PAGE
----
Will The Real Seahawks Please Stand Up?
By Martin Rogers
FOX Sports columnist
Pick an outcome for the Seattle Seahawks, any outcome you like, all the way from a triumphant run that culminates in Super Bowl glory to a playoff-opening flameout against a depleted opponent. And everything in between.
Cast your mind over all the options and possibilities and consider this: Would any of them legitimately be a surprise?
Seattle hosts the Los Angeles Rams on Saturday (4:40 p.m. ET on FOX) as part of a Super Wild Card Weekend that promises to be wild in both its breathless volume of football action and, quite possibly, in the results that emerge from it.
"Let’s just admit it," wrote the Seattle Times’ Larry Stone. "This Seahawks team … remains an utter mystery."
What you see is what you get when it comes to Pete Carroll’s team. But what exactly have we seen?
This season’s version of the Seahawks is anything and everything. Personal perspective dictates they have either a terrible defense masquerading as an exceptionally good one, or a really good one that was temporarily terrible.
They are either a gun-slinging offense filled with force and poise that briefly faltered, or a smoke-and-mirrors unit that got overly excited about its big-play potential and was ultimately found out.
They’re a 12-4 division-winning outfit that’s more than capable of beating good teams and taking care of the Rams, having done so Dec. 27. And they’re shaky enough to lose at home to the New York Giants, which happened at the start of December.
"Take one part, your first-half (of the season) offense, mix it with another part, your second-half defense, put it together, you might have the best team in football," FS1’s Nick Wright said on First Things First.
But what if the opposite happens? In that scenario, the underdog Rams would love their chances, even if Jared Goff remains out injured and intriguing backup John Wolford — who still has an active LinkedIn account as he keeps a finance career as an open option — starts.
FOX Bet lists the Seahawks as a 3.5-point favorite, but frankly, it is hard to know which way to go. There are a multitude of reasons to believe in Seattle, and just as many not to.
Let’s start with the defense, because that is where the transformation has truly been at its greatest. After five games – all victories – the Seahawks were bound for historic ineptitude, conceding a whopping 471 yards per game and on a path to smash the National Football League’s all-time yards allowed record.
A horrid pass rush and a distinct lack of physicality were the contributing factors and strong safety Jamal Adams’ absence didn’t help much. Then, it turned. From Week 10 through Week 17, Seattle’s defense suddenly stepped up, conceding just over 200 yards per game and morphing into one of the best in the league. Just as Wilson’s spectacular start fizzled out.
Carroll chose not to dive deep into the reasons for the turnaround during his media availability this week, except to ironically offer that things had reached a point defensively where they couldn’t get any worse.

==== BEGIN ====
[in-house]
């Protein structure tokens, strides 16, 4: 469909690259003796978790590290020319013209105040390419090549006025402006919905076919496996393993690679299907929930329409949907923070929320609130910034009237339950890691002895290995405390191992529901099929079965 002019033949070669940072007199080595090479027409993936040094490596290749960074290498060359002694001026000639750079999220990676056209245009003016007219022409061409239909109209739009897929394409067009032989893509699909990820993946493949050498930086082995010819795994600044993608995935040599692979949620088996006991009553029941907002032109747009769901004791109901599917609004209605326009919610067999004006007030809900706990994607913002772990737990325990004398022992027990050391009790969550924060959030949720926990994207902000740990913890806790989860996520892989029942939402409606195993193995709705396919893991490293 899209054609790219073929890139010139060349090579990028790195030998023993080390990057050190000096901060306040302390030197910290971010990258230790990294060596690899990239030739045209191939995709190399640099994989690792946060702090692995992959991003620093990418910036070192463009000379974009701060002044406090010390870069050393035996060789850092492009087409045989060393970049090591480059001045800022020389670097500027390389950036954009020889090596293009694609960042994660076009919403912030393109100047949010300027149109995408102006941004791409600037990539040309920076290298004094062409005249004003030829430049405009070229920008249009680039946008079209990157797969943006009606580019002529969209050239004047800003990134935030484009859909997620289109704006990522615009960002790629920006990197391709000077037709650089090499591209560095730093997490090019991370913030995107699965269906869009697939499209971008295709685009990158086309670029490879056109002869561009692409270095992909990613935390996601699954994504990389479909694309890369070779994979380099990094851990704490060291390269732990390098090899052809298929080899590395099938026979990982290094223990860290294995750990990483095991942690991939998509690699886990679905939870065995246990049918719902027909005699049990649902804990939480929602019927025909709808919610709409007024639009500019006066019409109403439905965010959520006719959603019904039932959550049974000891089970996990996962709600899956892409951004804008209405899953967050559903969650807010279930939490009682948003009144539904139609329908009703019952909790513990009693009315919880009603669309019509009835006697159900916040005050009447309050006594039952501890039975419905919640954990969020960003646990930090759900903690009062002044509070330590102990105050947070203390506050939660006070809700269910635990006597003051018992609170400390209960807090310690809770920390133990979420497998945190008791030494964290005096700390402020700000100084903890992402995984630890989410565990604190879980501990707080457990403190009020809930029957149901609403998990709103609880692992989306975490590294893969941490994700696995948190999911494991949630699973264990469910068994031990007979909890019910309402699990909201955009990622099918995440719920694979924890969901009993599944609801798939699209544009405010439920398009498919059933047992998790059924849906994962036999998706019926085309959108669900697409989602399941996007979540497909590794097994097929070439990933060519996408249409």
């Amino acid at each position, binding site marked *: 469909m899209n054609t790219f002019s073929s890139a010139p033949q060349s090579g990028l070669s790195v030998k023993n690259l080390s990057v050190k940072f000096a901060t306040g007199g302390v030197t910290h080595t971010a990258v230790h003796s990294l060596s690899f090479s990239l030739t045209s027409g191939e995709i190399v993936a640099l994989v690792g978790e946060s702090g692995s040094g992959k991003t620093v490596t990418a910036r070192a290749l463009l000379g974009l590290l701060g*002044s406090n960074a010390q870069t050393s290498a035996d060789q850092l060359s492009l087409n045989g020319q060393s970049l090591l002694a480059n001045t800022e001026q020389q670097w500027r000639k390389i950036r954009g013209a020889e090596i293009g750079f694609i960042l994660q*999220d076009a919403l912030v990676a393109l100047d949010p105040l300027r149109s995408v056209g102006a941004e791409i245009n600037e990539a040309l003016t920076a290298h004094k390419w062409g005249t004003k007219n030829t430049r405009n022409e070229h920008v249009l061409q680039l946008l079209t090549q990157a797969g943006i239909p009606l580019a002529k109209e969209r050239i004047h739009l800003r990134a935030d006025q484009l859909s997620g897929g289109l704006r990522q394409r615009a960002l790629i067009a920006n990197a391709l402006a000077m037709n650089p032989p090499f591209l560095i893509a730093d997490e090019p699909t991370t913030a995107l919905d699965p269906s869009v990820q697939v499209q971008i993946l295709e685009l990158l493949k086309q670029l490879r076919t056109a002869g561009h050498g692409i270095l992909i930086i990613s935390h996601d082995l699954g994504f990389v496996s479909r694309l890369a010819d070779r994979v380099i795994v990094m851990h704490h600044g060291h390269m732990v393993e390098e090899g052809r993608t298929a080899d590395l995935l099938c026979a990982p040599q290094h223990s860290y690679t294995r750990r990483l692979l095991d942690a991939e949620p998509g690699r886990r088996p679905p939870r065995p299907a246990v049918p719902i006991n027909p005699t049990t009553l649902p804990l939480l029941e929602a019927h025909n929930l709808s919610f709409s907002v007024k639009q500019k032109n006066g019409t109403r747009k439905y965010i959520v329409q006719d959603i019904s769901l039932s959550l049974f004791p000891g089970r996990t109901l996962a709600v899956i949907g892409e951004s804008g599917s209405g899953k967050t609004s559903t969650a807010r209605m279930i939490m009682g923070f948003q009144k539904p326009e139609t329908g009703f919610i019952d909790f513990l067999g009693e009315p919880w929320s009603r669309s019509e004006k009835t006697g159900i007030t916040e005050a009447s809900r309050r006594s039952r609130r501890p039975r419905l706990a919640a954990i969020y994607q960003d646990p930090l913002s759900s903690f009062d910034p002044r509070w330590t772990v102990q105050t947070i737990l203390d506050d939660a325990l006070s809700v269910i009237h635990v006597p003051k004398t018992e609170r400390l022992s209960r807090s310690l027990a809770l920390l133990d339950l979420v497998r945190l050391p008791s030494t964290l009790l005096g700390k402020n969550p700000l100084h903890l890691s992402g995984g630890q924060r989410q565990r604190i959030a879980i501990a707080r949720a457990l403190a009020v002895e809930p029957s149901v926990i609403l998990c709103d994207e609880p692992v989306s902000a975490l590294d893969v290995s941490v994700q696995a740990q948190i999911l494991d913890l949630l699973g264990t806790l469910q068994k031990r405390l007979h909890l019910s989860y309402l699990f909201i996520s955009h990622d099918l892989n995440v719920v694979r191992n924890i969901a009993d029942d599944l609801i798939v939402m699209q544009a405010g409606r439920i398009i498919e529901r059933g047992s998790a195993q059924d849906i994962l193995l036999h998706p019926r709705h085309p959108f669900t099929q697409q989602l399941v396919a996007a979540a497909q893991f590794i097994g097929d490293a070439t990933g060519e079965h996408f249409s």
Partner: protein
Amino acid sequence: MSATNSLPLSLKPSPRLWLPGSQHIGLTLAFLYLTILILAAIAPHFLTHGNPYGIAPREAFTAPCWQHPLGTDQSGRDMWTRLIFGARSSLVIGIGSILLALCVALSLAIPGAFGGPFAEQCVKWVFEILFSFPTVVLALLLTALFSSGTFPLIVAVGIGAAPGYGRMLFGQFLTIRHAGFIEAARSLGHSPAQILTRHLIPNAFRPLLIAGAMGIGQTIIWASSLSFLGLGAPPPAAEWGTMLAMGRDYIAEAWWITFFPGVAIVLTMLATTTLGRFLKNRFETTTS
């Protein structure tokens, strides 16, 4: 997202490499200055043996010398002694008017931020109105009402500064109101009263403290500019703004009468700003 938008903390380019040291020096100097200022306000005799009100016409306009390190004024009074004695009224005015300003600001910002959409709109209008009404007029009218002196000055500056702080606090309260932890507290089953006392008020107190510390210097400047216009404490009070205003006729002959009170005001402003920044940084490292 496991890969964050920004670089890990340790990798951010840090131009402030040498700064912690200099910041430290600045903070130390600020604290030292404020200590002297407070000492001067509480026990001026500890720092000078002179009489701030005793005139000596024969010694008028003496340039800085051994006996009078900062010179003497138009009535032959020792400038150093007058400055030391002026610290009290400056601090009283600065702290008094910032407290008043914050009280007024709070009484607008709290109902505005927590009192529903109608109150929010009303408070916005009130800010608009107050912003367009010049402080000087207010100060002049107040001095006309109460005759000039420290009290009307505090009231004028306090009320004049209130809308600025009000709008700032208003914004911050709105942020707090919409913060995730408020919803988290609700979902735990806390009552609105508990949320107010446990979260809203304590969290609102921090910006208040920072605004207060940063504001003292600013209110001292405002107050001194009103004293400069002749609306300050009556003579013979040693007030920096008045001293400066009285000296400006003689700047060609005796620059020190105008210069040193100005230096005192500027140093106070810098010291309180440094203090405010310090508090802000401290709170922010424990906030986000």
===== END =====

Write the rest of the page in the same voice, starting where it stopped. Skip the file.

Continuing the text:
"What gave me the confidence is years of coaching," Carroll said. "We had a lot of things to put together, so it was going to take some time. It took us maybe a little longer than normal. I had never seen us be that bad, so I knew that wasn’t the way it was going to be. We turned a great corner."
Defensive factors notwithstanding, if you have faith in the Seahawks’ potential for a deep run it is almost certainly because you believe in Wilson’s ability to shine when it matters. After all, he led Seattle to the Vince Lombardi Trophy in the 2013 season, and nearly did so again the next year.
"Russell Wilson is decorated in the postseason," Skip Bayless said on Undisputed. "I trust him in the postseason."
Wilson’s regular season, this time, was a weird one. By the end of Week 5, he didn’t just look like an MVP frontrunner, but an absolute lock for the award. Until he wasn’t.
He fell apart against the Arizona Cardinals, tossing three interceptions, gave the ball away four times against the Buffalo Bills and struggled mightily in that head-scratcher with the Giants.
The "Let Russ Cook" policy, which allowed Wilson to fire deep and free, saw its luck run out. Carroll intimated Wilson’s decline was a mere result of facing better defenses, but while that might have been the case the past three weeks, the falloff began long before then.
"Generally, I’m not a worrier," Carroll added. "If you look at who we’ve been playing, these guys are really good and they’ve made a difference. I don’t think defenses earlier this year were playing to this level. Here we go with the Rams, they’re the best in the NFL."
Even this weekend might not answer the question: "Who is the real Seattle?" They’ll be meeting the Rams for the third time and these are two teams who haven’t just played frequently, but have thought about each other all season long.
All things considered, Seattle should be the favorite, but that’s based on a lot of ifs. If Wilson rediscovers his mojo, if the defense continues to strut and, perhaps more pertinently, if one of those units can compensate if the other is off the mark.
It is one of the postseasons biggest conundrums and it’s partly guesswork. Because when it comes to the Seahawks, any level of performance – and any outcome – is on the table.